Friday, May 24, 2013
Then-team captain Indiana Faithfull twirls the net following Cheverus’ win over Edward Little in the Boys Class A State Championship basketball game Feb. 27, 2010.
2010 File Photo/John Ewing
It seems really very simple. The coach at that time did not have to play this potentially ineligible player, even though the courts said he could be on the team and play. There is nothing in the rules that says a player cannot be benched, captain of the team or not.
Do I think the parents were selfish to do this to this team, taking this issue to court? Of course I do. Selfish and self-centered, shame on them.
But it seems that the coach and athletic director made poor decisions as well. If the kid hadn't garnered a single point and sat on the bench, the rest of the team would have won or lost as a team -- and there is no "I" in "team," right?
Maybe they'd have won a Gold Ball, maybe not. But the school and team wouldn't be embarrassed, as they now are.
Readers divided over record of House re-election hopeful
With Election Day around the corner, I wanted to take this opportunity to remind Scarborough residents how fortunate we are to have legislators like Republican Amy Volk representing us in the Legislature, especially when it comes to issues involving education.
Amy, the mother of four children who attend (or have graduated from) Scarborough schools, went to Augusta to voice the needs and desires of her constituents.
Amy voted in favor of L.D. 1422, "An Act To Prepare Maine People for the Future Economy," which enacted new high school diploma standards and requirements that provide students the opportunity to gain proficiency (and a diploma) through both "traditional" and "alternative" pathways (such as portfolios, performance, exhibitions and projects).
She also supported L.D. 1858, "An Act To Ensure Effective Teaching and School Leadership," which holds teachers and principals accountable to performance standards and lets the best stand out by creating a new performance evaluation system for Maine's educators.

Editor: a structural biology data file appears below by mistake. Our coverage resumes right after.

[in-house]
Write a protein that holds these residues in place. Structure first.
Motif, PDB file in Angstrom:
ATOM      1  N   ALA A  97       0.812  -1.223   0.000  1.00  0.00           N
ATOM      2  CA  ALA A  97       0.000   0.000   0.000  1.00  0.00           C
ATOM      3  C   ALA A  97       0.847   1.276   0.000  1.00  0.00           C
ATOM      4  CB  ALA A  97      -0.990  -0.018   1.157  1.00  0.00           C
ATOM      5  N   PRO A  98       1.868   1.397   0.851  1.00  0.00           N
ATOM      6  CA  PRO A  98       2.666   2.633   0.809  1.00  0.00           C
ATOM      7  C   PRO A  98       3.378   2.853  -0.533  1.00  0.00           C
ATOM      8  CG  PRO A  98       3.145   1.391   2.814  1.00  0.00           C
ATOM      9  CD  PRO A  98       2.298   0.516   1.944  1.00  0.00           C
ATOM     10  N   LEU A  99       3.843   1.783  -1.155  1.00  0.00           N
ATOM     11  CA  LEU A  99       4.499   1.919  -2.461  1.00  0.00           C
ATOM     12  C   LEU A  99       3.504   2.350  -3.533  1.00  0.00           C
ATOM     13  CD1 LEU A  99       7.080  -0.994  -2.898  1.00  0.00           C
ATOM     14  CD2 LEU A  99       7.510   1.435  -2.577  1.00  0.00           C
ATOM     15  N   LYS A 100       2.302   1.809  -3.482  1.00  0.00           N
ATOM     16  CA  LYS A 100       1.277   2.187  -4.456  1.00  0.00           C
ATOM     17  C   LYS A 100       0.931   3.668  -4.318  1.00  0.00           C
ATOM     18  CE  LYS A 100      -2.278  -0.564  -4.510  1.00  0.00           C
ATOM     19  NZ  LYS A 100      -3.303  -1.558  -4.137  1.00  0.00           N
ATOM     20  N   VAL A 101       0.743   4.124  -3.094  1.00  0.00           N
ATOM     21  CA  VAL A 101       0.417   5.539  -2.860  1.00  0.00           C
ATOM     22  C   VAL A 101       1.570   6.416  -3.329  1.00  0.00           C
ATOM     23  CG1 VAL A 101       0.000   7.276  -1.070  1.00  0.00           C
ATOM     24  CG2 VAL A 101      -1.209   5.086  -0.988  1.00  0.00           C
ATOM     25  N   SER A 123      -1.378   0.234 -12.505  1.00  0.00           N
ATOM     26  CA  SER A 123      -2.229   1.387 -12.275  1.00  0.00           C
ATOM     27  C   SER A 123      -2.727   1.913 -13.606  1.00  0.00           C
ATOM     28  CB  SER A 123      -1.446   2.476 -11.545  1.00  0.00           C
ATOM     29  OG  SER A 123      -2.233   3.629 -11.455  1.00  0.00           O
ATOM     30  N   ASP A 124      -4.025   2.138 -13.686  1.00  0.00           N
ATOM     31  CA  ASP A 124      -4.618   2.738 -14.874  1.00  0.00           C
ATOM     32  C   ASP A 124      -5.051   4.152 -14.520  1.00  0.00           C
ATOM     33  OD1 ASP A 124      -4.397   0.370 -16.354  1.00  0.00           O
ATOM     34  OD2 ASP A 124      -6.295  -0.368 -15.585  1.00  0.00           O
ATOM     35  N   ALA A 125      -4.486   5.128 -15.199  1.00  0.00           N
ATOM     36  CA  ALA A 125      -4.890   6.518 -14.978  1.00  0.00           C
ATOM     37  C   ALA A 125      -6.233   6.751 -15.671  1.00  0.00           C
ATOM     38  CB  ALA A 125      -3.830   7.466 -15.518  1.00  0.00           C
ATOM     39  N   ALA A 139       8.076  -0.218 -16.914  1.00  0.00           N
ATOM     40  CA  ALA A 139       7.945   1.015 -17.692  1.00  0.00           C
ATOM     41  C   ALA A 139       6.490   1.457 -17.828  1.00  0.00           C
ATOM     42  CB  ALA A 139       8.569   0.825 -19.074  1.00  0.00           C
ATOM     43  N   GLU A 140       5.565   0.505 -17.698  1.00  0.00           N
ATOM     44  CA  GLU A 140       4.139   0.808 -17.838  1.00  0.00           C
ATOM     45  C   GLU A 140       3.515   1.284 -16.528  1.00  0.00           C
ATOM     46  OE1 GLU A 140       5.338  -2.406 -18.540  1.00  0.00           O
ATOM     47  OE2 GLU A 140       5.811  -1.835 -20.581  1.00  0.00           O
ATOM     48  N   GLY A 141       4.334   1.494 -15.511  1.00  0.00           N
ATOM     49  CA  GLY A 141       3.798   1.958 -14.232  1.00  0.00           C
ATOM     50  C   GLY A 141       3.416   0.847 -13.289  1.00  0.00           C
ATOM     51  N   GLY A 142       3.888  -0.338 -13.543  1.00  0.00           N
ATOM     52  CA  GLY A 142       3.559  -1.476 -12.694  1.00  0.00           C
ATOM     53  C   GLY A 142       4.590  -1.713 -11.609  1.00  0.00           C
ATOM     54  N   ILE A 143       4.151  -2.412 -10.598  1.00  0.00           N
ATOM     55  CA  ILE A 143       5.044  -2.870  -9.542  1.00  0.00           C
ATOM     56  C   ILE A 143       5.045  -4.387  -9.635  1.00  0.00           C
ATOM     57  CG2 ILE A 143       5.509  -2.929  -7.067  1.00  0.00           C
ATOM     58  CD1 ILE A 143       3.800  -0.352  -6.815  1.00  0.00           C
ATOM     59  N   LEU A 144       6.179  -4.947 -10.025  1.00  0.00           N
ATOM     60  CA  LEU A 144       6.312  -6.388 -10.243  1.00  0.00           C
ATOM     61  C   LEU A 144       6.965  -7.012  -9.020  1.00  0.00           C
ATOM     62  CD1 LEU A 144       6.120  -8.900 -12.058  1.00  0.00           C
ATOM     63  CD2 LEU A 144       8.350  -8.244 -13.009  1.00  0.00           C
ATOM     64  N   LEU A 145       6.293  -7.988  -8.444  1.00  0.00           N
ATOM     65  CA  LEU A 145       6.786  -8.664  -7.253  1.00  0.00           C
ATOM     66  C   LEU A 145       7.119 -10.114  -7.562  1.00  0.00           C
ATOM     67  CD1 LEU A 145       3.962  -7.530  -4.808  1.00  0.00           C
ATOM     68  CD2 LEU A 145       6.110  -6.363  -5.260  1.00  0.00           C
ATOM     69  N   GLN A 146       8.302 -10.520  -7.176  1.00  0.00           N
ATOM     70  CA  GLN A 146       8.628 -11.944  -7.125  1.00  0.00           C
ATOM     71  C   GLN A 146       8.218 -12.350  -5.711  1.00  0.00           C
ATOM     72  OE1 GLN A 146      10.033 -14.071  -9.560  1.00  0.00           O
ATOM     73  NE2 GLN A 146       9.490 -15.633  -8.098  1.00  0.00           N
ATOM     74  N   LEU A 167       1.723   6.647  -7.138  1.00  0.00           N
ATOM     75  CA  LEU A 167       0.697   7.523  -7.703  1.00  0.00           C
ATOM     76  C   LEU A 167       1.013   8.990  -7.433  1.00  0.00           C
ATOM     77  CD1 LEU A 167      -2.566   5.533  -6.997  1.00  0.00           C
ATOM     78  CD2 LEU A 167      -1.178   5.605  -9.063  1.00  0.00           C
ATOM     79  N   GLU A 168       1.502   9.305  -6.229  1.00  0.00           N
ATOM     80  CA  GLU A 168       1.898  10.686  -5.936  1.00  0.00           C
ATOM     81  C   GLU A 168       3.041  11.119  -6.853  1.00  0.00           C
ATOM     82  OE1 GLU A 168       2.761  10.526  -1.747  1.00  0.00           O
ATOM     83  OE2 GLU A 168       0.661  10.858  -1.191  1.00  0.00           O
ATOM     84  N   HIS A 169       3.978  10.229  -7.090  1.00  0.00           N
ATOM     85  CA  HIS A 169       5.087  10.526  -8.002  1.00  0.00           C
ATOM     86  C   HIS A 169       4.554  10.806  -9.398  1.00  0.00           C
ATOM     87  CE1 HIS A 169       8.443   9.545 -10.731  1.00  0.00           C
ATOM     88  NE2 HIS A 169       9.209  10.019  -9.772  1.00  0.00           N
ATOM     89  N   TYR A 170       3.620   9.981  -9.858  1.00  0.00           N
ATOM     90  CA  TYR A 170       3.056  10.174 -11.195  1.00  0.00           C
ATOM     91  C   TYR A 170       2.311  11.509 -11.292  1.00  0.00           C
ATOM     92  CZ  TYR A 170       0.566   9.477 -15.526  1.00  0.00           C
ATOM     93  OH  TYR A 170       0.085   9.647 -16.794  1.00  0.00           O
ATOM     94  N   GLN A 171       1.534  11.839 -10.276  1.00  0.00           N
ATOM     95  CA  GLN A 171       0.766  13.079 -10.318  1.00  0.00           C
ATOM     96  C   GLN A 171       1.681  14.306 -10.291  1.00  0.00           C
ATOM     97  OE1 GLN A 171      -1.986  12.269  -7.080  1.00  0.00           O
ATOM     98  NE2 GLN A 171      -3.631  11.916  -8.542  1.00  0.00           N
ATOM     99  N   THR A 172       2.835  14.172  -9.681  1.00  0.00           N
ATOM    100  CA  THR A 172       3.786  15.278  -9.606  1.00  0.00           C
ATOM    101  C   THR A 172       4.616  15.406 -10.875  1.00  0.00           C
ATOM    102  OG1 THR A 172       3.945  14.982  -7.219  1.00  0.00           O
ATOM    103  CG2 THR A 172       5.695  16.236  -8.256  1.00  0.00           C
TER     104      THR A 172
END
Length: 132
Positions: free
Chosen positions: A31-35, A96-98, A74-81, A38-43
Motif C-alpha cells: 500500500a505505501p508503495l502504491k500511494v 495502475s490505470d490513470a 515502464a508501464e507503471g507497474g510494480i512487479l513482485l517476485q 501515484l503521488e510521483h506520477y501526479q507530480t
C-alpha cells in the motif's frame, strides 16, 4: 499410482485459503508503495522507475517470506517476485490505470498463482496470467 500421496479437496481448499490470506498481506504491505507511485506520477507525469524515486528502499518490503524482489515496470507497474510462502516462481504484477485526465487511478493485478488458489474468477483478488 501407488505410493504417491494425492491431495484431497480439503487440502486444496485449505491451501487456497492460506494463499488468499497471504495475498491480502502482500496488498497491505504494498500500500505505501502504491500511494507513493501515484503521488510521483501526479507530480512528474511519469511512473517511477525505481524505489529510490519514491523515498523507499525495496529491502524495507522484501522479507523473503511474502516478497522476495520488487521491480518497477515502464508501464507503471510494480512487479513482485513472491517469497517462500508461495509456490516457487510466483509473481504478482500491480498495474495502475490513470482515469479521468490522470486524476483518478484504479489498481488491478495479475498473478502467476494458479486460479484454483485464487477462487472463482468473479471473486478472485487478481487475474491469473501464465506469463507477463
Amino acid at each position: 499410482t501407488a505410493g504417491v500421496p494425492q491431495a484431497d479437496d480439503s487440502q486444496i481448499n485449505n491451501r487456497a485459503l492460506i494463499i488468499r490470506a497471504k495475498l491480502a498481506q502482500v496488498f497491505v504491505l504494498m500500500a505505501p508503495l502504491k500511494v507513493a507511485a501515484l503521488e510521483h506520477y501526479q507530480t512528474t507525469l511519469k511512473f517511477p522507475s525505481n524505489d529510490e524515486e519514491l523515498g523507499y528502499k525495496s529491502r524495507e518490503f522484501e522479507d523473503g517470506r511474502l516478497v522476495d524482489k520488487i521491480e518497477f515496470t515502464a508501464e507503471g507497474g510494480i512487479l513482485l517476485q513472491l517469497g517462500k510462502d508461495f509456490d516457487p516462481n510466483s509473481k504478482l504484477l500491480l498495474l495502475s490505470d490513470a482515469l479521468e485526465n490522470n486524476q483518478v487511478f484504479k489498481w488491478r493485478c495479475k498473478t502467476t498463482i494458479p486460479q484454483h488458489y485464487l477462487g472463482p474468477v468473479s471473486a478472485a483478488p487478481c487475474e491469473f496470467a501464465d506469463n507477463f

According to Amy, "This is one of the most exciting bills we passed in the 125th (legislative session)." Just as our students must meet standards to advance to the next grade level, so our teachers, too, will be evaluated to make sure they are providing the best possible education for our children.
Amy keeps us informed about what is happening in Augusta (and here at home in Scarborough) through her frequent emails, her website and Facebook page, and her presence in the community. She keeps education in the forefront as a key issue in her tenure in the Legislature, and would serve us well if elected to another term in the Maine House.
Please remember to keep Scarborough's voice in Augusta by voting for Amy Volk on Nov. 6!
It wasn't until I read the Maine Sunday Telegram story about virtual charter schools that I understood how badly we need to remove state Rep. Amy Volk from office this year ("The profit motive behind virtual schools in Maine," Sept. 2).
Volk serves on the board of directors of the Maine Connections Academy, an online charter school that had been bidding for a place in the state education system.
With such a blatant conflict of interest, it should be no surprise that she has pushed policies that would siphon money out of our public schools and into the online school she wishes to start.
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